The recent removal of petrol subsidies and the subsequent deregulation of the downstream petroleum sector is set to ignite a wave of mergers and acquisitions as businesses seek to thrive in the new era of increased competition. Industry experts and market operators expressed their views during the renowned BusinessDay Policy Intervention Series titled ‘The National Dialogue on Transiting to a Deregulated, Sustainable Petroleum Products Market.’
The removal of petrol subsidies has opened doors to intensified market competition, prompting petrol marketers to explore strategic options to protect or expand their market share. The event highlighted the likelihood of mergers and acquisitions among companies, leading to strengthened market positions, improved efficiency, and competitive advantage within the deregulated market.
Ogbugbo Ukoha, the Executive Director of Distribution Systems, Storage, and Retailing Infrastructure at the Nigerian Midstream and Downstream Petroleum Regulatory Authority, emphasized the potential for mergers and acquisitions and the optimization of retail outlets. He revealed that deregulation would unlock investment opportunities in pipeline infrastructure, coastal vessels for marine transportation, and reception facilities.
Additionally, the deregulation will provide clarity on consumption figures, attract multiple players to the sector, and foster competition among various fuels, including Liquefied Petroleum Gas (LPG), Premium Motor Spirit (PMS), and Compressed Natural Gas (CNG).
Olumide Adeosun, Chairman of the Major Oil Marketers Association of Nigeria (MOMAN), emphasized the need for investments to expand the fuels market. Adeosun predicted market consolidation to optimize entry barriers, citing the current excessive number of retail outlets and the importance of adopting technologies to enhance distribution efficiency and customer experience.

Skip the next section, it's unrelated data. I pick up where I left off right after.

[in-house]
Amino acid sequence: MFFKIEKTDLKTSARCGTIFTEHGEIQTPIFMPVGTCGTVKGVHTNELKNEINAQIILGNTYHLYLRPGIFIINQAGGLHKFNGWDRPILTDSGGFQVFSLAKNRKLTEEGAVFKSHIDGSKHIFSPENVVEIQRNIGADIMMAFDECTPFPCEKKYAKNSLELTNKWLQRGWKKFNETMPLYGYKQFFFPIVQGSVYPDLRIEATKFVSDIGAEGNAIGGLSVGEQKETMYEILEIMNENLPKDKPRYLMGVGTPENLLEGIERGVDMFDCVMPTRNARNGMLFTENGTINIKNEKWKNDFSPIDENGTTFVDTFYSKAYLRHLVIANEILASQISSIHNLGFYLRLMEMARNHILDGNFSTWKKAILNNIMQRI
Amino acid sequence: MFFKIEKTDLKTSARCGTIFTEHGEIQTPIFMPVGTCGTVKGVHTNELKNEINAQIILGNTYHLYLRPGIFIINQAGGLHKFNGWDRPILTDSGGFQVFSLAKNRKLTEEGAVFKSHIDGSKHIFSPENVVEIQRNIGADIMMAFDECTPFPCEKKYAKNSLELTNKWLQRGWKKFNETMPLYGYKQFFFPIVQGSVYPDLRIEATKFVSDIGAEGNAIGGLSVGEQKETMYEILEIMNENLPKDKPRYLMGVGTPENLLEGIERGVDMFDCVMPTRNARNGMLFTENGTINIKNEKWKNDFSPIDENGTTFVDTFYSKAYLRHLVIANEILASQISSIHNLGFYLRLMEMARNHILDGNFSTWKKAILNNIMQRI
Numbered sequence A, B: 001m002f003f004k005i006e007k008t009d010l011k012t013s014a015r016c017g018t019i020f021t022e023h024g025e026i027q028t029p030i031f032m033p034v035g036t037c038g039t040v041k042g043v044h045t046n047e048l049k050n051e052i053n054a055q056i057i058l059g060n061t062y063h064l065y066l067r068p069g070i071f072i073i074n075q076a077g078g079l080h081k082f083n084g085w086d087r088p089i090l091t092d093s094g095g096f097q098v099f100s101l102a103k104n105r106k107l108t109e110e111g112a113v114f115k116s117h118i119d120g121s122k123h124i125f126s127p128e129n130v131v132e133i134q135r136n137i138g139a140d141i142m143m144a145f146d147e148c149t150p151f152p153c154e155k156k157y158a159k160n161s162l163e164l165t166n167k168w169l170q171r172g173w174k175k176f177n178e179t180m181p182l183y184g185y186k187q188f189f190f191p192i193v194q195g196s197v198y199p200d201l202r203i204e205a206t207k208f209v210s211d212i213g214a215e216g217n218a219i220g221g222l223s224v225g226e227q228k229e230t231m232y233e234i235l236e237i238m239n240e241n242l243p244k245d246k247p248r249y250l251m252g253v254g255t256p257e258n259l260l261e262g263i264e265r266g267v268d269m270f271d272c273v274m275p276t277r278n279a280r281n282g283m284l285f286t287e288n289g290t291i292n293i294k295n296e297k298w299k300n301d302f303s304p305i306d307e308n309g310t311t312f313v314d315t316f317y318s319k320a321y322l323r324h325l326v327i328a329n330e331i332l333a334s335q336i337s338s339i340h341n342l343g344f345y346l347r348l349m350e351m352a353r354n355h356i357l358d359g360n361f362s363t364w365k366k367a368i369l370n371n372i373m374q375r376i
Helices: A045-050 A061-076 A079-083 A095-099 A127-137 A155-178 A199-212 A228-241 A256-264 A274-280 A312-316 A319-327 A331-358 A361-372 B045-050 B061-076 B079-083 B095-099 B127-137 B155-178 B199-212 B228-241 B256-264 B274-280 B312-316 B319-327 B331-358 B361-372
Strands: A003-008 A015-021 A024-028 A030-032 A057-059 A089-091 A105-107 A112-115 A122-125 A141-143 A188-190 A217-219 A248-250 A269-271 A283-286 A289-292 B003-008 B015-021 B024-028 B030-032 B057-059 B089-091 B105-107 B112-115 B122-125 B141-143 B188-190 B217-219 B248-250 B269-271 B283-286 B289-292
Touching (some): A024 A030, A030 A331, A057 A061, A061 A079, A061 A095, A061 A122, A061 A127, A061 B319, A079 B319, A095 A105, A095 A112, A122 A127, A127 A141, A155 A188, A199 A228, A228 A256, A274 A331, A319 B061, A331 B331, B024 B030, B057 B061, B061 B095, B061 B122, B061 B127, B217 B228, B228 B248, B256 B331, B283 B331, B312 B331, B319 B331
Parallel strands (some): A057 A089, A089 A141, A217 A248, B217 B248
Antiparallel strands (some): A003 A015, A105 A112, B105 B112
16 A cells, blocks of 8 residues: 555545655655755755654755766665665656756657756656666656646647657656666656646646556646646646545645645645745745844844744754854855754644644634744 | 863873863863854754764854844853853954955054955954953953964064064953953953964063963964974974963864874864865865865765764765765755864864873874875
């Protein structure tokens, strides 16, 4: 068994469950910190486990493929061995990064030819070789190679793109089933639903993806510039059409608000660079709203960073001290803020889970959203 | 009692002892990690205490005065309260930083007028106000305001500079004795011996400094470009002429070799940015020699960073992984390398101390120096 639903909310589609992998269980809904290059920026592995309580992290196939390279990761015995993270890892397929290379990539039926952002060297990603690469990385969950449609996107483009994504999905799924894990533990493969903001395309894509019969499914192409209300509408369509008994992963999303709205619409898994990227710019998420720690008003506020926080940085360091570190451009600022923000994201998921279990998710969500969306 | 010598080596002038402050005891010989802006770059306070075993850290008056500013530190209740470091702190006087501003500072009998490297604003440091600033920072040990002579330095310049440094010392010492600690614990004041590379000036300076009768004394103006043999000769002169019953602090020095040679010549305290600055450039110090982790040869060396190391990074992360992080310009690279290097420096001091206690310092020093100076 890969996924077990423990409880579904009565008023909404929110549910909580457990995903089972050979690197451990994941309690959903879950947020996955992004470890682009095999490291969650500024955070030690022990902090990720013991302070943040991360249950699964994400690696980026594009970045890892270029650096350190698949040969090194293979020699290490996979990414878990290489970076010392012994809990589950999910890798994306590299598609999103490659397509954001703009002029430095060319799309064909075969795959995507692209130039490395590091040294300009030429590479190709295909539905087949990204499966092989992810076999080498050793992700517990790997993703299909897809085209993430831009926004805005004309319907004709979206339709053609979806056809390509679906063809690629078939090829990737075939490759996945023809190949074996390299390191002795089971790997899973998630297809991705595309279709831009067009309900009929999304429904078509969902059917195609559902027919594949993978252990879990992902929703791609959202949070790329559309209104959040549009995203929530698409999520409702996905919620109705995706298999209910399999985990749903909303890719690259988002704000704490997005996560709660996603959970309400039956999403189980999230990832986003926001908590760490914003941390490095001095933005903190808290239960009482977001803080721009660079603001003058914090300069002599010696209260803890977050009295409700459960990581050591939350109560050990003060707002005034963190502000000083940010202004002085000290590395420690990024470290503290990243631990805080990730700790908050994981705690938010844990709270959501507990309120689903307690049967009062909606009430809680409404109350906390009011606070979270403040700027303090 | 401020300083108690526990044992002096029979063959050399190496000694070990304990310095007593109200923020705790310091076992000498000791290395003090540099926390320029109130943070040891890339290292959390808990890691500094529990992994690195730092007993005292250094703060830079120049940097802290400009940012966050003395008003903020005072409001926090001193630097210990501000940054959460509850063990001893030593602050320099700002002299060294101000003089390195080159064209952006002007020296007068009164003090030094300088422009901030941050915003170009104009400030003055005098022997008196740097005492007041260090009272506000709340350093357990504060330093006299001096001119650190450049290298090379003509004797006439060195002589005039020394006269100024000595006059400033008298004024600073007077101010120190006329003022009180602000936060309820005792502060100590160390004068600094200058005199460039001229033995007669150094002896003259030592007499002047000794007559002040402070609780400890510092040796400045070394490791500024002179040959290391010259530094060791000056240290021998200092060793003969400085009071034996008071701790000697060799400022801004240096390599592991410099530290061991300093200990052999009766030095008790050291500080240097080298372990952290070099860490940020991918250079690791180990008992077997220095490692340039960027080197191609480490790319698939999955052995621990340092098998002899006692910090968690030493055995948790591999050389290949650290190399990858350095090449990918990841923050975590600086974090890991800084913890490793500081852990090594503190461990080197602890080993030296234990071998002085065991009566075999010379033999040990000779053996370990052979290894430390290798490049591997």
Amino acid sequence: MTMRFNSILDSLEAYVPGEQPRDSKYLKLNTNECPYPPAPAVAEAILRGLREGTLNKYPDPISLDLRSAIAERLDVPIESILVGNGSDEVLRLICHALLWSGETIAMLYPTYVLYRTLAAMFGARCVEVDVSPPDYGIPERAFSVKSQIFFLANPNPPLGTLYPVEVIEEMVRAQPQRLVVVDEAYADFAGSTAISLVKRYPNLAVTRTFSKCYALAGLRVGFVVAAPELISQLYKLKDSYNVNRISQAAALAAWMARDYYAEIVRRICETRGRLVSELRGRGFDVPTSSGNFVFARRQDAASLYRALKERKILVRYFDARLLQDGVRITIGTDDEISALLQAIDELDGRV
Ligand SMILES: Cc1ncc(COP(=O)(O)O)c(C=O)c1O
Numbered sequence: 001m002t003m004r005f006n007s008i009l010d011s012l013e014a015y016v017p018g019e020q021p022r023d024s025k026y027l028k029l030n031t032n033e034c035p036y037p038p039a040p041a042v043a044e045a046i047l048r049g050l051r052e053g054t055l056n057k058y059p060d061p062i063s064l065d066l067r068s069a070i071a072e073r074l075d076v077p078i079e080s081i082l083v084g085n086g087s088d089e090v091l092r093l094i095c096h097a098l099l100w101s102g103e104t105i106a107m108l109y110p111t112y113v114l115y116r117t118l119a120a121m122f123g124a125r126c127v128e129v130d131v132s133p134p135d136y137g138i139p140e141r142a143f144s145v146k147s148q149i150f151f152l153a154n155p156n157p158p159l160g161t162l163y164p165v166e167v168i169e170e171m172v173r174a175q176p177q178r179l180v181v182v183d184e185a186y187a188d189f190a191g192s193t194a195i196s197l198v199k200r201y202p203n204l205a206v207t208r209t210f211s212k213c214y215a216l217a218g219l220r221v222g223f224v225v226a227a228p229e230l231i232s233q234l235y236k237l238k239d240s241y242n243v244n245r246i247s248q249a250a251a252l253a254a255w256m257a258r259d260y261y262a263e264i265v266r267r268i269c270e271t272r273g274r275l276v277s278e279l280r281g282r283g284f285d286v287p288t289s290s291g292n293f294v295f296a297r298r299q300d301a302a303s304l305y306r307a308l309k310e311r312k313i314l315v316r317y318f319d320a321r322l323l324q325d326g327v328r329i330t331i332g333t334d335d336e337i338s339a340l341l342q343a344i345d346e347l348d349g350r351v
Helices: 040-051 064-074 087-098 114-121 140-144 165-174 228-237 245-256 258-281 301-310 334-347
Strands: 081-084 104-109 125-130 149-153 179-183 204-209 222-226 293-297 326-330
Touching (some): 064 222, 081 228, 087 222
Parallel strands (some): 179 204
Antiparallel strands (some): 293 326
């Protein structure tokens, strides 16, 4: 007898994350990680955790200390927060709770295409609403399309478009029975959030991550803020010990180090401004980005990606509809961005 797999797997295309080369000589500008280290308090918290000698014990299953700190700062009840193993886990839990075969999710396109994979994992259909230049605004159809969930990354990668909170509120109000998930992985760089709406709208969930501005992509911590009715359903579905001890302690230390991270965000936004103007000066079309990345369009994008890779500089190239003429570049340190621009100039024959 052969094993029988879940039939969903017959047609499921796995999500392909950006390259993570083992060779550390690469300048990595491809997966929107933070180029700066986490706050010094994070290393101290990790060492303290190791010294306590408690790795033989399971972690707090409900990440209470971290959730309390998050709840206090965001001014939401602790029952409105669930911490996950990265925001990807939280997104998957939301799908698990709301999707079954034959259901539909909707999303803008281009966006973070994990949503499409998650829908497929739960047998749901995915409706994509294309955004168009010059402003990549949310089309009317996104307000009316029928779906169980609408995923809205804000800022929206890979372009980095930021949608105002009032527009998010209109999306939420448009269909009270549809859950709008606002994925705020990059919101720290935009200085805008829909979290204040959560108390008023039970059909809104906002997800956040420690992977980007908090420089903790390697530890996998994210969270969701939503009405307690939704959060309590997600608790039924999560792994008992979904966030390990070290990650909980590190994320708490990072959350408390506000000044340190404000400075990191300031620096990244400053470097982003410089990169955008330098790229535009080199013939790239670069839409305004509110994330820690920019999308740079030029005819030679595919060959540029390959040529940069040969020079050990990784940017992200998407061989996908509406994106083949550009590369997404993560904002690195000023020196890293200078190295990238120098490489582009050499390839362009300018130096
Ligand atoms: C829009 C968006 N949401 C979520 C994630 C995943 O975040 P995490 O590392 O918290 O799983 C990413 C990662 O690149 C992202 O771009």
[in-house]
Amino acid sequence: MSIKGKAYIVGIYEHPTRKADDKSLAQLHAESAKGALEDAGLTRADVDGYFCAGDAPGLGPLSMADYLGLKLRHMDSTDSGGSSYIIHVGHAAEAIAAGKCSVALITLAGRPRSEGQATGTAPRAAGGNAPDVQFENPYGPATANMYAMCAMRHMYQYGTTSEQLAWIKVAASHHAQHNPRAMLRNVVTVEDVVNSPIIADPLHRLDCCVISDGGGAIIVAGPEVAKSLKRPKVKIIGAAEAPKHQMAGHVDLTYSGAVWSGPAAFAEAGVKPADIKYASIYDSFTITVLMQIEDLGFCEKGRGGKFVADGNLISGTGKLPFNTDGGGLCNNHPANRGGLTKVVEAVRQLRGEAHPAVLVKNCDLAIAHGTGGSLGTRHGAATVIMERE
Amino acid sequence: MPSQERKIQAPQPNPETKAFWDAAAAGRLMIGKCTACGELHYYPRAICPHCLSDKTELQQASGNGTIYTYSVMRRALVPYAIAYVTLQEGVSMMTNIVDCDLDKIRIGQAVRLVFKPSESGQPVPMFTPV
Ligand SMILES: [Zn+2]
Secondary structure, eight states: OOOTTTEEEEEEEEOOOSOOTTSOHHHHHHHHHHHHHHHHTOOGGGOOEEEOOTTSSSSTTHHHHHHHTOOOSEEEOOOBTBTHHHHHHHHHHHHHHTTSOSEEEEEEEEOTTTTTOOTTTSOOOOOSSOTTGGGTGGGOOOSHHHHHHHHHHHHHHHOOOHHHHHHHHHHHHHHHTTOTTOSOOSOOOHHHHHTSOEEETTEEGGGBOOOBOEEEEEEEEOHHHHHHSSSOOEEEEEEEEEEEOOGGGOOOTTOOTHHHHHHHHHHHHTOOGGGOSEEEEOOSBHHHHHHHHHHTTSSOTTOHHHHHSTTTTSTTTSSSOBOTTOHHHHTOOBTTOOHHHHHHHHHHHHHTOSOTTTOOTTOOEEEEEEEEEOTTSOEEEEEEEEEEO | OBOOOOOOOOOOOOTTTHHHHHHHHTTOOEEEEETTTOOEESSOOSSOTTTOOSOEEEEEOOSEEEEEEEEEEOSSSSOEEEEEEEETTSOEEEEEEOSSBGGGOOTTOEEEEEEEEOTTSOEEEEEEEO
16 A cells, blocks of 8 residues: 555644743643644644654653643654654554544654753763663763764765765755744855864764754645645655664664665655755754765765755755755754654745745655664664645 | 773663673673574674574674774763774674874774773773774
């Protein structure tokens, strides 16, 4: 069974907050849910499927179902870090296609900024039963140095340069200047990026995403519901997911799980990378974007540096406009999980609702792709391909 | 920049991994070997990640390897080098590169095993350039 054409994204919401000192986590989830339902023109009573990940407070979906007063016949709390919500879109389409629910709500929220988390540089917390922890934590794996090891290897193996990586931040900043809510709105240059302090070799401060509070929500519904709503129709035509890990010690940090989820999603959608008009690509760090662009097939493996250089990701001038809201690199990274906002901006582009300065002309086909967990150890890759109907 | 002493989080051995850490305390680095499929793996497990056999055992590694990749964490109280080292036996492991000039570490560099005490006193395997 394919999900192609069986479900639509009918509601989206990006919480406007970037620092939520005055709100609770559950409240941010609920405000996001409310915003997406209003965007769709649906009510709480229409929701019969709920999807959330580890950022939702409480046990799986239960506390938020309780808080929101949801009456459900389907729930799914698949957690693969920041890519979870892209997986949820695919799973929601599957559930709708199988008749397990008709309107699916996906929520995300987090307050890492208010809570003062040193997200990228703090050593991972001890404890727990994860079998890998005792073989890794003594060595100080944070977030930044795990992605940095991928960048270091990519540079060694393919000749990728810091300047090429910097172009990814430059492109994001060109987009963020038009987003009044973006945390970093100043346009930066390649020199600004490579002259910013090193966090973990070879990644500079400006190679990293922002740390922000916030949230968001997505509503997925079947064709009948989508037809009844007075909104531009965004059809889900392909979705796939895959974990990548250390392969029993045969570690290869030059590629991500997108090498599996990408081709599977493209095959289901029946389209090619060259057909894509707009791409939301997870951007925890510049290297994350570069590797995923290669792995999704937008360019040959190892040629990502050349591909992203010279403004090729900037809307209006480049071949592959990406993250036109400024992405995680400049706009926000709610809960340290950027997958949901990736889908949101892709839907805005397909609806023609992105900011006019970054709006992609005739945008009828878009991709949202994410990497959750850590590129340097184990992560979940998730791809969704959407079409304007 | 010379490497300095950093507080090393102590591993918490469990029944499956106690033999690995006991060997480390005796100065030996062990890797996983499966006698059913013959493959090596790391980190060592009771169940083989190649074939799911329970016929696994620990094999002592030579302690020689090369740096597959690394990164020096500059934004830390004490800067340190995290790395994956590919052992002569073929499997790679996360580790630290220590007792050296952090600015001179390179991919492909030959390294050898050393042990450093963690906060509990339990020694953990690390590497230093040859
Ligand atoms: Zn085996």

Furthermore, industry experts stressed the importance of fair tax policies, the dismantling of restrictive agreements, and the establishment of a harmonious regulatory framework. They called for collaboration between the Nigerian Midstream and Downstream Petroleum Regulatory Authority and the Federal Competition and Consumer Protection Commission Lagos to provide clear guidance and promote fair competition.
Yemi Kale, Partner, and Chief Economist at KPMG Nigeria, highlighted the significance of attracting investments in alternative fuels such as CNG and LPG. He emphasized the need for an attractive investment climate by improving the ease of doing business, ensuring favorable returns on investment, and addressing factors such as production and cost.
Amidst discussions on subsidy removal, Taiwo Oyedele, Fiscal Policy Partner and Africa Tax Leader at PwC Nigeria raised concerns about the impact on low-income earners and small business owners. Oyedele recommended the registration of businesses in the informal sector, offering them tax-free credits for a minimum of two years. This initiative would not only mitigate the impact of subsidy removal but also create a valuable database for future economic decision-making. Oyedele further suggested that the savings from subsidy removal be utilized to address salary, pension, and contractor arrears, stimulating economic growth and avoiding the creation of an unsustainable form of subsidy or funding corruption.
In a related development, oil marketers have expressed opposition to the 7.5 percent value-added tax (VAT) on diesel imports, warning that it will result in an increase in the product’s pump price. Adeosun of MOMAN criticized the imposition of the tax, stating that it contradicts the palliative measures implemented by the government after the subsidy removal. He emphasized the need for sustainable actions and suggested passing on the charge to consumers.
The Federal Government has recently announced the commencement of the 7.5 percent VAT on diesel imports, leading to concerns among oil marketers about the impact on pricing.